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Seattle Public Library, Magnolia Branch

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Magnolia Branch Library
1964, Kirk, Wallace, McKinley and Associates; Richard Haag, landscape architect; 2007–2008, Snyder Hartung Kane Strauss Architects and Graham Construction. 2801 34th Ave. W.
  • (Photograph by J. Philip Gruen)
  • (Photograph by J. Philip Gruen)
  • (Photograph by J. Philip Gruen)
  • (Photograph by J. Philip Gruen)
  • (Photograph by J. Philip Gruen)
  • (Photograph by J. Philip Gruen)
  • (Photograph by J. Philip Gruen)
  • (Photograph by J. Philip Gruen)
  • (Photograph by J. Philip Gruen)

Set on a slope at the corner of West Armour Street and 34th Avenue West, the Seattle Public Library Magnolia Branch stands as a remarkable example of Northwest Regional Modernism, one of the finest public works by the firm of Kirk, Wallace, McKinley and Associates (KWMA). This partnership, led by the architect Paul Hayden Kirk, developed a widely influential approach to residential and small-scale commercial design, emphasizing the structural and decorative use of wood, the Pacific Northwest’s staple product during the first half of the twentieth century. Most distinctively, KWMA developed new framing systems that exposed and highlighted roof supporting posts and beams, which, at the Magnolia Branch Library, yield a remarkable composition with complex spatial modulations. Originally 5,900 square feet in size, the library had an intentionally domestic character, in stark contrast to Seattle’s formal, Beaux-Arts Carnegie libraries built during a period of rapid branch library expansion between 1908 and 1921.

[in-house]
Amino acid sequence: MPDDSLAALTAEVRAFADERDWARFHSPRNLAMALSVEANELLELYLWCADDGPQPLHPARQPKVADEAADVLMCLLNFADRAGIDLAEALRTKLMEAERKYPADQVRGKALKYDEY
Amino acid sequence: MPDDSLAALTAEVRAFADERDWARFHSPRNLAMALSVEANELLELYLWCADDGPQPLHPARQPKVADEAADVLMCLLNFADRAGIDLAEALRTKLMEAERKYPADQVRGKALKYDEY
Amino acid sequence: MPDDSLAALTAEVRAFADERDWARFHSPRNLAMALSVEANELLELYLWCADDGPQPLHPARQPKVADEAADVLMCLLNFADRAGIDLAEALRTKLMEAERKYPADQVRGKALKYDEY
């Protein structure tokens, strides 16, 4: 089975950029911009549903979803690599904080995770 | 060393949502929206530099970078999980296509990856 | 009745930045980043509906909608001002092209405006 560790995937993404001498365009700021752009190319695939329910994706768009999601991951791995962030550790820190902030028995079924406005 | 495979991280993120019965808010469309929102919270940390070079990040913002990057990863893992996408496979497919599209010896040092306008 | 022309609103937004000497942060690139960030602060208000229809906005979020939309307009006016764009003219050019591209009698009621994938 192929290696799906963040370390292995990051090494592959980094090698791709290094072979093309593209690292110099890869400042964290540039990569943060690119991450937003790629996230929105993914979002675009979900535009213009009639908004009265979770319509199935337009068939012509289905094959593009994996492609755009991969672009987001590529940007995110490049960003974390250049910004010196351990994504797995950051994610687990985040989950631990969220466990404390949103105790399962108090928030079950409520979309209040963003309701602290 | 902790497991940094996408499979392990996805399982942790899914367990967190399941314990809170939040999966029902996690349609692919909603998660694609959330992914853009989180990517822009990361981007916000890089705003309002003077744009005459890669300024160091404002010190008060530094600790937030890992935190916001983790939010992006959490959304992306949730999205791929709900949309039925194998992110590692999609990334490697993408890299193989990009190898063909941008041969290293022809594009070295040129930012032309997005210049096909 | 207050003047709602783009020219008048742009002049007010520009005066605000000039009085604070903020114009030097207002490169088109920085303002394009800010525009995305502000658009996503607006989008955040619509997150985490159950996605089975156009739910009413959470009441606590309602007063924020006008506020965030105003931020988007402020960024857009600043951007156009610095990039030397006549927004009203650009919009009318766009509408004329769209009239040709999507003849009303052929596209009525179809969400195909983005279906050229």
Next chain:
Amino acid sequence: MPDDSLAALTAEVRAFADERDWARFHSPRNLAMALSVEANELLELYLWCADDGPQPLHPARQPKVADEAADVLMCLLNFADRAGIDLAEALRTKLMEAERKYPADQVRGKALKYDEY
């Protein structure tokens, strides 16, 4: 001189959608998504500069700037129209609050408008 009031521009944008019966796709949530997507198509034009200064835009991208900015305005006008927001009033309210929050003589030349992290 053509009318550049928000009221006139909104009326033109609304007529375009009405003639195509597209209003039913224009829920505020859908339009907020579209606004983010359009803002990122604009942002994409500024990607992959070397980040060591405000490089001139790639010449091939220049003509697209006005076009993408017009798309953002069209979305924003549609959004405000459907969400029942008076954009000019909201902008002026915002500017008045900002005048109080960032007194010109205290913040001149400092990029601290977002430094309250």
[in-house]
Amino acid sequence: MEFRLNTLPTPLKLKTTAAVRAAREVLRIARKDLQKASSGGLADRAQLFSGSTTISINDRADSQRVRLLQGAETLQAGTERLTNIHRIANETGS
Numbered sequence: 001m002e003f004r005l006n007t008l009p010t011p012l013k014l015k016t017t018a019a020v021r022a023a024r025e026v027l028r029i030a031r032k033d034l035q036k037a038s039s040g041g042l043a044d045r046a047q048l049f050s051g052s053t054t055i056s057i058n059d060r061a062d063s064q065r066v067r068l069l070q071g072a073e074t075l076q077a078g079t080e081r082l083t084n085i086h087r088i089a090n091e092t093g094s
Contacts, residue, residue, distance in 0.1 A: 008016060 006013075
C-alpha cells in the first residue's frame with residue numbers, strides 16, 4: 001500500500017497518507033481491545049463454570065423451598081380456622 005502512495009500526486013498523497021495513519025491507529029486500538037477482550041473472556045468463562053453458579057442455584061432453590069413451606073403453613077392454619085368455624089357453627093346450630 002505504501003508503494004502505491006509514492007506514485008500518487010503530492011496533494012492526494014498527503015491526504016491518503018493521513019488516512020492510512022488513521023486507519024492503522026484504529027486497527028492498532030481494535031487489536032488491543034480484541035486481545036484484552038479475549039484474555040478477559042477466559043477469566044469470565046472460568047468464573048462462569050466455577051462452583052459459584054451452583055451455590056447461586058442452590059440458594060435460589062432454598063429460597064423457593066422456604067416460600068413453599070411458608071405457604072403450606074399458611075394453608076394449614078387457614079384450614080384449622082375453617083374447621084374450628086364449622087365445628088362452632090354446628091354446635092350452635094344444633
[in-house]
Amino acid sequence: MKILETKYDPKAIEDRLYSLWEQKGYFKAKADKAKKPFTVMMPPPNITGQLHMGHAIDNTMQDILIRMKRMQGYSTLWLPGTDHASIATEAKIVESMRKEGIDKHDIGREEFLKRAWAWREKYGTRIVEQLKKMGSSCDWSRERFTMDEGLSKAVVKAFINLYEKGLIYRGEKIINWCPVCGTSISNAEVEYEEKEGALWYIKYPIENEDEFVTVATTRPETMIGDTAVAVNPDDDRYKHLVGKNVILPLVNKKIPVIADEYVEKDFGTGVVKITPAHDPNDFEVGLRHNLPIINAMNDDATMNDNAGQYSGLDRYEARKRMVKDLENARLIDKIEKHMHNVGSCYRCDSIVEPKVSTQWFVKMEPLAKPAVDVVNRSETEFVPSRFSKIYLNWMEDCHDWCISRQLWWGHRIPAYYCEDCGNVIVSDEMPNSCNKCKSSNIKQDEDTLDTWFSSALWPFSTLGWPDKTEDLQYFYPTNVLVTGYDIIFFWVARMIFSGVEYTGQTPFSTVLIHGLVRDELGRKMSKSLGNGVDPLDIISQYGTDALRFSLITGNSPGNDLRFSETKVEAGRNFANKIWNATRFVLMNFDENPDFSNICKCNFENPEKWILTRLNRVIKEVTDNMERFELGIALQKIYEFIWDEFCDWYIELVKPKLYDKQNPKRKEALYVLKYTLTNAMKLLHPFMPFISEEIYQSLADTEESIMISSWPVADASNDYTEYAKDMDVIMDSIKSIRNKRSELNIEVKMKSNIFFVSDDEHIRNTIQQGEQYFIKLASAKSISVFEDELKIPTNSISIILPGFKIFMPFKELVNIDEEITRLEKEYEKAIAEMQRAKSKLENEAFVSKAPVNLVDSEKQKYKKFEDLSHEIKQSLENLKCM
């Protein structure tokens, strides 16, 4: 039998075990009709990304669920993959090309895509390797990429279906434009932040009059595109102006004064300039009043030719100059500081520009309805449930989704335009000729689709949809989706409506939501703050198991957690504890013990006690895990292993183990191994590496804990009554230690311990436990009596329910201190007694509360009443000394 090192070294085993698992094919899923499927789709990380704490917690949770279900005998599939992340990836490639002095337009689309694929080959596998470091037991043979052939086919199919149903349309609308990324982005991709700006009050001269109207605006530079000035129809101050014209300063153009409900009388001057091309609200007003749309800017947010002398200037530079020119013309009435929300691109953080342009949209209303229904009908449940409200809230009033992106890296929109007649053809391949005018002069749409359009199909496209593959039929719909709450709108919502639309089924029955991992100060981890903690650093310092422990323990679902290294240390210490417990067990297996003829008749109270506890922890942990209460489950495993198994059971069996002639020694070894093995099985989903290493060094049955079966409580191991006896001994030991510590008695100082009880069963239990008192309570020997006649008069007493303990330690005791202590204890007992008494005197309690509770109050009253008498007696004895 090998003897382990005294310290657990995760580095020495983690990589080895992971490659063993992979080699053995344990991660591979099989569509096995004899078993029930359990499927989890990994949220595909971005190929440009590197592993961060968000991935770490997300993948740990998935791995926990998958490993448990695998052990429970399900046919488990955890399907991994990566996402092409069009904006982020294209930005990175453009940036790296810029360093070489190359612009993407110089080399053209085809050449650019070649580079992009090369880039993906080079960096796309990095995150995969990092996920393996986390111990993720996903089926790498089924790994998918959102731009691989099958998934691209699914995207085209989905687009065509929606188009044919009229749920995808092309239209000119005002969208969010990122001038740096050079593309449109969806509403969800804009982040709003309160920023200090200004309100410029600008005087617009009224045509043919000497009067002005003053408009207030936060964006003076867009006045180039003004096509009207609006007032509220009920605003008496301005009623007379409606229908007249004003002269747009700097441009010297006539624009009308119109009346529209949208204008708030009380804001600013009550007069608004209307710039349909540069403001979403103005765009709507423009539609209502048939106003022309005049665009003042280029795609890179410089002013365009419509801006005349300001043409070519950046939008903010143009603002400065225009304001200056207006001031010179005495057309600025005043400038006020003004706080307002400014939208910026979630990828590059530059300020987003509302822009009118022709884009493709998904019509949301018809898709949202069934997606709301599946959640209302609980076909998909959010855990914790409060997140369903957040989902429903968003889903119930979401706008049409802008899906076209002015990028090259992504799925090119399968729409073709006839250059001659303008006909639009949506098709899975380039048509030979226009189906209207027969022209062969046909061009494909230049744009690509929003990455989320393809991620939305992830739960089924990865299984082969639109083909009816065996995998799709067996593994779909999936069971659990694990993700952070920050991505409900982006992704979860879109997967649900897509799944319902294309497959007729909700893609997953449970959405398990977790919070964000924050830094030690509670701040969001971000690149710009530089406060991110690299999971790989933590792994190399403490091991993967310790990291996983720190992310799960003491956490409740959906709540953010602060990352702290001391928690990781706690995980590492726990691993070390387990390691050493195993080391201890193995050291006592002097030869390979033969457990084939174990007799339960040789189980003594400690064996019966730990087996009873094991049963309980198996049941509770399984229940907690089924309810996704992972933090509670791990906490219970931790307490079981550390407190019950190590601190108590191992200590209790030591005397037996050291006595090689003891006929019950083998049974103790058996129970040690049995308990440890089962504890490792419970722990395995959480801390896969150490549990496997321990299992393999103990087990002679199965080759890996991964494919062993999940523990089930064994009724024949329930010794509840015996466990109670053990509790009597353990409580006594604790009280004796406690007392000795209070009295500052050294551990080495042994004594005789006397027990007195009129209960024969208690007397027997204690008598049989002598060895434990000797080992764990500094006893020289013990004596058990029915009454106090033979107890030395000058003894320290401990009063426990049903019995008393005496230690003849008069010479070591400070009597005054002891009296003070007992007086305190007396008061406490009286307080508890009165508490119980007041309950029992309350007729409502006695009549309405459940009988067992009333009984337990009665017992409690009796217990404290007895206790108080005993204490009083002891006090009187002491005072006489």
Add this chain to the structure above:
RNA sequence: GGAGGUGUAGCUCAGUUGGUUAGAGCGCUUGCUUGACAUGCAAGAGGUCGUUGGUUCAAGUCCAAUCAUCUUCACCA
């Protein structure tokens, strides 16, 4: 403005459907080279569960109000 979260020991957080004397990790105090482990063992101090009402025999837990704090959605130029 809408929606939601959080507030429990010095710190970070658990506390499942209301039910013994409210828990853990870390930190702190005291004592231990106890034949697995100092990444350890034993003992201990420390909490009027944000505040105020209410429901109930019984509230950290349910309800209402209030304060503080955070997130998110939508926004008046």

Seattle’s pre-World War I designs for branch libraries conformed to a set of architectural criteria approved by the Carnegie Corporation of New York, upholding contemporary notions of education’s seriousness and dignity. After World War II, a growing Seattle population required additional library branches, but bond issues for expansion failed in 1950 and 1952. Only in 1953–1954 did the Seattle City Council allocate funds for the system’s first new branches since 1921; Magnolia Branch Library was built during a second wave of branch construction that occurred between 1961 and 1966. Library administrators shaped postwar branch libraries to meet altered standards of consumer convenience, social informality, and simplified access to information.